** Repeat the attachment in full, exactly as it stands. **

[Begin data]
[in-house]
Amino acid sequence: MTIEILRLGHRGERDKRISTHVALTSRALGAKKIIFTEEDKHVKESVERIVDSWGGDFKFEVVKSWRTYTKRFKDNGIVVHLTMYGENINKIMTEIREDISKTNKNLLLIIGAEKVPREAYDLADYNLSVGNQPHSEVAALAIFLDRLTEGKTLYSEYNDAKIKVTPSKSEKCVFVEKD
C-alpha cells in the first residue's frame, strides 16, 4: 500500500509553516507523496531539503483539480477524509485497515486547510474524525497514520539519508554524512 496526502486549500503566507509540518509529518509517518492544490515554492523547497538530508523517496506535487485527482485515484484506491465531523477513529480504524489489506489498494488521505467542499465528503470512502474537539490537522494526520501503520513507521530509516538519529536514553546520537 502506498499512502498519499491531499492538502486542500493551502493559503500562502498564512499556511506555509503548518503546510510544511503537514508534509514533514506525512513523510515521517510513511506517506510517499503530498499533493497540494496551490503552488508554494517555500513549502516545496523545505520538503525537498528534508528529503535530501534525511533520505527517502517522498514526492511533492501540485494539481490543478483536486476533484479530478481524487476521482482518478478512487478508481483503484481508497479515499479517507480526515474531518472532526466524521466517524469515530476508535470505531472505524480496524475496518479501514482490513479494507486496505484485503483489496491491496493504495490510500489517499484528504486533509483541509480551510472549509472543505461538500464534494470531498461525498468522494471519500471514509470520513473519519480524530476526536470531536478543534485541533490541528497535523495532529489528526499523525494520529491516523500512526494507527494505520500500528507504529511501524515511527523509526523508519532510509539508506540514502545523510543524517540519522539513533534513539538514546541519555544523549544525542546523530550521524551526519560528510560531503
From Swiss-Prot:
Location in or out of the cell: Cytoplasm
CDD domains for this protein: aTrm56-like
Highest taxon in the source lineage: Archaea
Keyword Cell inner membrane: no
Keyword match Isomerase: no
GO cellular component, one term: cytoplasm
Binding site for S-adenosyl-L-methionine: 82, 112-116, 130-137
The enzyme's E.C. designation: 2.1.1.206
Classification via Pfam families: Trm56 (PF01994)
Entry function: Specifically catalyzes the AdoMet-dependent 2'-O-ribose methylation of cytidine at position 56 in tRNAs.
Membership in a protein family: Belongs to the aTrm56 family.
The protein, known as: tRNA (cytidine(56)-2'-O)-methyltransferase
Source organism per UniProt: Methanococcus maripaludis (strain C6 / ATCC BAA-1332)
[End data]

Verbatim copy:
[in-house]
Amino acid sequence: MTIEILRLGHRGERDKRISTHVALTSRALGAKKIIFTEEDKHVKESVERIVDSWGGDFKFEVVKSWRTYTKRFKDNGIVVHLTMYGENINKIMTEIREDISKTNKNLLLIIGAEKVPREAYDLADYNLSVGNQPHSEVAALAIFLDRLTEGKTLYSEYNDAKIKVTPSKSEKCVFVEKD
C-alpha cells in the first residue's frame, strides 16, 4: 500500500509553516507523496531539503483539480477524509485497515486547510474524525497514520539519508554524512 496526502486549500503566507509540518509529518509517518492544490515554492523547497538530508523517496506535487485527482485515484484506491465531523477513529480504524489489506489498494488521505467542499465528503470512502474537539490537522494526520501503520513507521530509516538519529536514553546520537 502506498499512502498519499491531499492538502486542500493551502493559503500562502498564512499556511506555509503548518503546510510544511503537514508534509514533514506525512513523510515521517510513511506517506510517499503530498499533493497540494496551490503552488508554494517555500513549502516545496523545505520538503525537498528534508528529503535530501534525511533520505527517502517522498514526492511533492501540485494539481490543478483536486476533484479530478481524487476521482482518478478512487478508481483503484481508497479515499479517507480526515474531518472532526466524521466517524469515530476508535470505531472505524480496524475496518479501514482490513479494507486496505484485503483489496491491496493504495490510500489517499484528504486533509483541509480551510472549509472543505461538500464534494470531498461525498468522494471519500471514509470520513473519519480524530476526536470531536478543534485541533490541528497535523495532529489528526499523525494520529491516523500512526494507527494505520500500528507504529511501524515511527523509526523508519532510509539508506540514502545523510543524517540519522539513533534513539538514546541519555544523549544525542546523530550521524551526519560528510560531503
From Swiss-Prot:
Location in or out of the cell: Cytoplasm
CDD domains for this protein: aTrm56-like
Highest taxon in the source lineage: Archaea
Keyword Cell inner membrane: no
Keyword match Isomerase: no
GO cellular component, one term: cytoplasm
Binding site for S-adenosyl-L-methionine: 82, 112-116, 130-137
The enzyme's E.C. designation: 2.1.1.206
Classification via Pfam families: Trm56 (PF01994)
Entry function: Specifically catalyzes the AdoMet-dependent 2'-O-ribose methylation of cytidine at position 56 in tRNAs.
Membership in a protein family: Belongs to the aTrm56 family.
The protein, known as: tRNA (cytidine(56)-2'-O)-methyltransferase
Source organism per UniProt: Methanococcus maripaludis (strain C6 / ATCC BAA-1332)